> Droves of Drives Mon­i­tor Mad­ness Power Op­tions

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Checker­board Screen

Hey, Doc. I’ve started ed get­ting a checker­board pat­tern at­tern on my lap­top’s dis­play, ei­ther across the whole screen en or limited to cer­tain dia­log boxes. I have a 15.3-inch Sager ger note­book with a Core i7-6820HK 820HK pro­ces­sor at 2.70GHz, an n Nvidia GeForce GTX 980M graph­ics mod­ule, a 64-bit op­er­at­ing sys­tem, and nd 16GB of sys­tem mem­ory. Is my graph­ics card in its death throes? – John Dig­ilio THE DOC­TOR RE­SPONDS: The is­sue you’re de­scrib­ing can be caused by soft­ware or hard­ware. Some of the po­ten­tial prob­lems are easy to trou­bleshoot and solve; oth­ers may be harder to di­ag­nose.

A sim­ple first step is to ver­ify that you’re run­ning the lat­est driv­ers for your graph­ics adapters. Unin­stall the ex­ist­ing pack­ages for In­tel’s HD Graph­ics 530 en­gine and Nvidia’s GeForce GTX 980M us­ing Win­dows’ Con­trol Panel. The Doc likes to fol­low up with a util­ity called Dis­play Driver Unin­staller, which en­sures old files and Registry en­tries are cleaned up, too. Download the most up-to-date ver­sions for both, and see if they re­solve your dis­play cor­rup­tion.

If they don’t, try dig­ging deeper. Is your in­te­grated

Many Hard Drives

Hi, I’m up­grad­ing my mother­board to an Asus ROG Strix X299-E Gam­ing graph­ics en­abled nabled when the checker­board pat­tern ttern ap­pears? Try switch­ing to the dis­crete rete GPU ex­clu­sively. Over­clock­ing and over­heat­ing are two more po­ten­tial causes. How­ever, in a prop­erly func­tion­ing PC, the Win­dows desk­top doesn’t gen­er­ate much of a load. Soft­ware such as AIDA64 or HWiNFO64 can tell you when ther­mal read­ings get too high. If tem­per­a­tures spike, ver­ify that Sager’s cool­ing sub­sys­tem is op­er­at­ing cor­rectly.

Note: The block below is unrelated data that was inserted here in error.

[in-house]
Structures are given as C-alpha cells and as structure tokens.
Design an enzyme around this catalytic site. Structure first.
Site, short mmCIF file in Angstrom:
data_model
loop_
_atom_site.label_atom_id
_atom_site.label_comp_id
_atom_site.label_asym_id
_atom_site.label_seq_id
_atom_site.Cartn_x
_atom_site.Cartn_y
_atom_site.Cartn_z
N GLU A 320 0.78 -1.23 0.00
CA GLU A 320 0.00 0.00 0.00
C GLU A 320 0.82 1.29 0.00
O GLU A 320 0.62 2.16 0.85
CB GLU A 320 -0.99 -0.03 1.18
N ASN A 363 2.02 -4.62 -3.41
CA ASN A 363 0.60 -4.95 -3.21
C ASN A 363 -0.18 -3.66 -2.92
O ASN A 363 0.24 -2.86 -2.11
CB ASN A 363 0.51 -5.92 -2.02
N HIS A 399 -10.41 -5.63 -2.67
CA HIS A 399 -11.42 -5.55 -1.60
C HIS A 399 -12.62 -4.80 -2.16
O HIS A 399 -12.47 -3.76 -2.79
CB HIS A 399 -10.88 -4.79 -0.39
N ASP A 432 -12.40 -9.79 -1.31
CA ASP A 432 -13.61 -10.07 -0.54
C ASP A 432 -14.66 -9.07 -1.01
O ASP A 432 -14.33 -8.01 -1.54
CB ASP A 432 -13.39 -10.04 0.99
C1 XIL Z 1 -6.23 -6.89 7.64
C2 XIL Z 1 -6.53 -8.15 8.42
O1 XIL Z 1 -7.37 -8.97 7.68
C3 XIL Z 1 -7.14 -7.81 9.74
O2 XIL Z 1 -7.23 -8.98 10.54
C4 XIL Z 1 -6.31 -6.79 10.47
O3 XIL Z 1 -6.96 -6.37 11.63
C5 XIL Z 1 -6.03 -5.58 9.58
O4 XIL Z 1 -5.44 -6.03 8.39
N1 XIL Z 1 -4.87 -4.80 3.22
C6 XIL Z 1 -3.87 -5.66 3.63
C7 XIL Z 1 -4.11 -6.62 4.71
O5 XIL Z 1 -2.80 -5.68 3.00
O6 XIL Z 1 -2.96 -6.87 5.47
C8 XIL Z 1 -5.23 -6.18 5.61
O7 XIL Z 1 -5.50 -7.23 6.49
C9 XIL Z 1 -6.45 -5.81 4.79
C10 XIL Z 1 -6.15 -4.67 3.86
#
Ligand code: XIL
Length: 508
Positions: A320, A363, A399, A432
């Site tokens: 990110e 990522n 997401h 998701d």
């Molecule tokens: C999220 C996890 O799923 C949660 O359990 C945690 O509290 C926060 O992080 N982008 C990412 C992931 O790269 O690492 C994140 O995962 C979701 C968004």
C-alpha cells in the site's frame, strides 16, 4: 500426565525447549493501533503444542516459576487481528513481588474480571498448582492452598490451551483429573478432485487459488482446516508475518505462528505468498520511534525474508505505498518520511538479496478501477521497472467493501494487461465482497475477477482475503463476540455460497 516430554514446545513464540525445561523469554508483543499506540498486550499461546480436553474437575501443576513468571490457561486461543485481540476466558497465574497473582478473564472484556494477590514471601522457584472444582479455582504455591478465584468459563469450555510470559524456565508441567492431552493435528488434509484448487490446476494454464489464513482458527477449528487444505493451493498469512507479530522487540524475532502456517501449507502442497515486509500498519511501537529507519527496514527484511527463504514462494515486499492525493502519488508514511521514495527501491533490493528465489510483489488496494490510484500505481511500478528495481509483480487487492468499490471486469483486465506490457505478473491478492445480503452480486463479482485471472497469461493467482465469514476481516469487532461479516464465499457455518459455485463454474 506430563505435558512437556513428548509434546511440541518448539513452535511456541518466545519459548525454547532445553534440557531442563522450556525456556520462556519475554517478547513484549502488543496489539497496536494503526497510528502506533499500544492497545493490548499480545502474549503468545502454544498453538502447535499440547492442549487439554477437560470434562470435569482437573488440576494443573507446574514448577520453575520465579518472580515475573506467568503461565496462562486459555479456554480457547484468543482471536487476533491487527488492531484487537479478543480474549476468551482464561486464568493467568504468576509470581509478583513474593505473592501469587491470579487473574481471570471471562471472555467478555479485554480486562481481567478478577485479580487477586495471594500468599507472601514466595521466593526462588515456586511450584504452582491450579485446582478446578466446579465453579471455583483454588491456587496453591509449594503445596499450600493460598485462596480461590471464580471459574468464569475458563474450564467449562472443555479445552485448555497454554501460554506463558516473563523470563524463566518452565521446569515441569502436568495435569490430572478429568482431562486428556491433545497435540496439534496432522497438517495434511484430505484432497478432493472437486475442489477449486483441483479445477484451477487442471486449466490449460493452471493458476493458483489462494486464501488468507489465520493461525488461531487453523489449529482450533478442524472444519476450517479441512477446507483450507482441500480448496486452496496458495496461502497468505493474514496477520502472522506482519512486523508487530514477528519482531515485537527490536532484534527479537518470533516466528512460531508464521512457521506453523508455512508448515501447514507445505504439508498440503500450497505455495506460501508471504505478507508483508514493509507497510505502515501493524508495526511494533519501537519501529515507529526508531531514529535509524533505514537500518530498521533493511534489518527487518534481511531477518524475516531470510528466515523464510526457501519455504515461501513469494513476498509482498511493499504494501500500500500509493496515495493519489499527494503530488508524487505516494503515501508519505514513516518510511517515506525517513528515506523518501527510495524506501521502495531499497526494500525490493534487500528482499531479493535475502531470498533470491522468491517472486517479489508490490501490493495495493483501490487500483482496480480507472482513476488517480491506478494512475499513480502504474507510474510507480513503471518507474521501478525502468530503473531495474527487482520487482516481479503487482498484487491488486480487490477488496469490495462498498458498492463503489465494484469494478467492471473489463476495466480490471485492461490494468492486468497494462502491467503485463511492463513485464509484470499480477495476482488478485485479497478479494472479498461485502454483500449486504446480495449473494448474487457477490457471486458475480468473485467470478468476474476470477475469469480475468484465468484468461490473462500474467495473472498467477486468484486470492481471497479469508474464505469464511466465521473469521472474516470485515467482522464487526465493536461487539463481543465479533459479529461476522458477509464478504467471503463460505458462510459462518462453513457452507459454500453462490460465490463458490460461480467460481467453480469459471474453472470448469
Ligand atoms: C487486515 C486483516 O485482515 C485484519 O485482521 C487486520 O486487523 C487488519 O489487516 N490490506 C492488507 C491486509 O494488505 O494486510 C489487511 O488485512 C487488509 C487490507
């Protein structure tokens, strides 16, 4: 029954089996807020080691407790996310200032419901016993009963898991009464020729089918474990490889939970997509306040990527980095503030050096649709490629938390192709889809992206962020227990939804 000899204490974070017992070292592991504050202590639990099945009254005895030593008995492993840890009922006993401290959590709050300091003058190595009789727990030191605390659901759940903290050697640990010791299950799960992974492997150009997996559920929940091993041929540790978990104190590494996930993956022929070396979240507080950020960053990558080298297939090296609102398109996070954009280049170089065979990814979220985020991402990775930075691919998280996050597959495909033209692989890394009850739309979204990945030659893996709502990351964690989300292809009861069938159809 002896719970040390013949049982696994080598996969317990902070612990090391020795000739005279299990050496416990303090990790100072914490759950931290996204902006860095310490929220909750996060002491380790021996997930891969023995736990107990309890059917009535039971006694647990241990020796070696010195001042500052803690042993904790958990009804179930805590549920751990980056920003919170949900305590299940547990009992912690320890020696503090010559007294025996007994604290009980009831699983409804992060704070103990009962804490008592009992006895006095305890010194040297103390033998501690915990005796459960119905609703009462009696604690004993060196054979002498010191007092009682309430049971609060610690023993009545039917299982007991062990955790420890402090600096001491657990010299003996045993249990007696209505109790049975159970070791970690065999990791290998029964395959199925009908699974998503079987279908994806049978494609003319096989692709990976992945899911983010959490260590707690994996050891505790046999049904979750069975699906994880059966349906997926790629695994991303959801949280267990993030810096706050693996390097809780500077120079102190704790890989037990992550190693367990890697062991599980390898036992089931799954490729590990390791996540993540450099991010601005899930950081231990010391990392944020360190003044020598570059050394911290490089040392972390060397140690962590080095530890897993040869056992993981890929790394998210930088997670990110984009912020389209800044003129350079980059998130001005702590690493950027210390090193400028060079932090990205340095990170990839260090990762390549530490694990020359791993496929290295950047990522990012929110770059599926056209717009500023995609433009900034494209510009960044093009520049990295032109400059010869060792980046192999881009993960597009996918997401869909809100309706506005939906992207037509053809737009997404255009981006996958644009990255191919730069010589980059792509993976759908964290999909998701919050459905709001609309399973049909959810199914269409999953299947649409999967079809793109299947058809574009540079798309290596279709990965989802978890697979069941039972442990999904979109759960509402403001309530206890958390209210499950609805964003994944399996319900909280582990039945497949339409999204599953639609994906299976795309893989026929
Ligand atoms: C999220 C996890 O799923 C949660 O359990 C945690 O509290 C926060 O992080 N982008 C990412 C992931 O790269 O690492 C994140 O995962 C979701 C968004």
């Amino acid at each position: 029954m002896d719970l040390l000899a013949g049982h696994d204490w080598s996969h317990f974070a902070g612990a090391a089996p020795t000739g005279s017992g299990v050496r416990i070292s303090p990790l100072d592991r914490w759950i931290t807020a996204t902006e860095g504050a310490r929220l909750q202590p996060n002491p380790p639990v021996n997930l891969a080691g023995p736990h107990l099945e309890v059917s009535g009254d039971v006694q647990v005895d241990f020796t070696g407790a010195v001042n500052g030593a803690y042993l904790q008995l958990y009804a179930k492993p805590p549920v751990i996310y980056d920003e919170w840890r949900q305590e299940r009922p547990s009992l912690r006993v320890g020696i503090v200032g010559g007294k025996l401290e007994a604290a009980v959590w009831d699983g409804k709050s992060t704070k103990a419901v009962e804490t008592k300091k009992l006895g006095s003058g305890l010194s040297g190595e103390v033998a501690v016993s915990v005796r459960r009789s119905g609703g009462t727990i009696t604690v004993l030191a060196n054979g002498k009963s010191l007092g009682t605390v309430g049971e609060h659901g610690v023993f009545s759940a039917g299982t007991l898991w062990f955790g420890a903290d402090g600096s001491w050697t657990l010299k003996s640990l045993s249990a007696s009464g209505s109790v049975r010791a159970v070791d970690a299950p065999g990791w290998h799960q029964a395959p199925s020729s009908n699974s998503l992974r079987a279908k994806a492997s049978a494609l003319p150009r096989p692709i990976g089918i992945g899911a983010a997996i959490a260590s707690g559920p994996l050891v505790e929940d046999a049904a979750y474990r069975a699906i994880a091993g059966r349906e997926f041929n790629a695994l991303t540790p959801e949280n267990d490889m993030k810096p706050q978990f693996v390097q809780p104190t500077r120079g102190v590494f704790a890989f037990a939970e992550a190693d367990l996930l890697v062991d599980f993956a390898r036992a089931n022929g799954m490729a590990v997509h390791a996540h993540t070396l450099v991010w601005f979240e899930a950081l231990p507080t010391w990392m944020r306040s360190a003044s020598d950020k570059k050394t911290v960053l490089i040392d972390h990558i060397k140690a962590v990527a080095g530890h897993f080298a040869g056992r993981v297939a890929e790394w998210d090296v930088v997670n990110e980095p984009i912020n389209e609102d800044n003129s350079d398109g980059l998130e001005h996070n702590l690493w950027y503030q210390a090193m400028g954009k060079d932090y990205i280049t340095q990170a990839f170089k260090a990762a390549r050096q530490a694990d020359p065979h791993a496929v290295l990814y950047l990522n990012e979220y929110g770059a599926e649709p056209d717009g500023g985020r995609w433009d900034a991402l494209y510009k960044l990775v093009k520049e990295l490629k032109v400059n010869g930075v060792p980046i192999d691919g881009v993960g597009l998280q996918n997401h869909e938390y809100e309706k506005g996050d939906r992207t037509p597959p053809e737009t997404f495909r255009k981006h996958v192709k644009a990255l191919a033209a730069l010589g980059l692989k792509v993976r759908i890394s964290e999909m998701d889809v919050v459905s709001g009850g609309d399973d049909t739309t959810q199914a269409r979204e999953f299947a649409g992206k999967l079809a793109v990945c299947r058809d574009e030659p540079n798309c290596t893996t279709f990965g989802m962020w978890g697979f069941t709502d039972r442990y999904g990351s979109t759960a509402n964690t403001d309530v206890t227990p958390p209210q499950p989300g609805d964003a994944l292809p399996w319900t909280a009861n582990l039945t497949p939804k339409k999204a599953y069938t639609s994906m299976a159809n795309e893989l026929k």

Hope­fully, your symp­tom doesn’t in­di­cate a more se­ri­ous malfunction. Un­der­clock­ing your sys­tem RAM and the graph­ics board’s GDDR5 mem­ory may help de­ter­mine whether a mod­ule is fail­ing. with a Core i9-7900X. I als also plan to add 20 to 25 3.5-i 3.5-inch me­chan­i­cal hard drives drives. I bought a cus­tom Origi Ori­gin PC desk­top a while ago, so I’m us­ing its ts Gen­e­sis ch chas­sis, which has a bay tha that can store a dozen 3.5-inch hard drives.

What I can’t fig­ure out is what PCIe-at­tached SATA cards I can get to con­nect the hard drives, each with its own ded­i­cated lane. I need at least 12 ex­tra ports, and the best I can find are four-port PCIe SATA x2 adapters. Aren’t those go­ing to re­duce the through­put from each disk to less than its max­i­mum? Is there some­thing else I should be look­ing at that will al­low for peak through­put on each drive? I don’t want to cre­ate any chance of con­tention, be­cause I’ll be us­ing soft­ware RAID once the disks are in­stalled, and who knows what prob­lems proble I’ll en­counter if there are lim­i­ta­tions be­cause of the th PCIe SATA card?

–Mike Baryl­ski THE T DOC­TOR RE­SPONDS: Your mother­board fea­tures three PCIe x16 slots, one of which ac­com­mo­dates 16-lane de­vices, and two of which are wired for x8 links. As­sum­ing you plug a graph­ics card into the top slot, each of the x8 con­nec­tions of­fers nearly 8GB/s of through­put in both di­rec­tions. That’s quite a bit of band­width—so far, so good.

Let’s say you can get a max se­quen­tial trans­fer rate of 250MB/s from one hard drive. With 24 disks, you need 6GB/s to avoid bot­tle­neck­ing, which is less than what’s avail­able from an eight-lane PCIe 3.0 slot. Again, the math is promis­ing.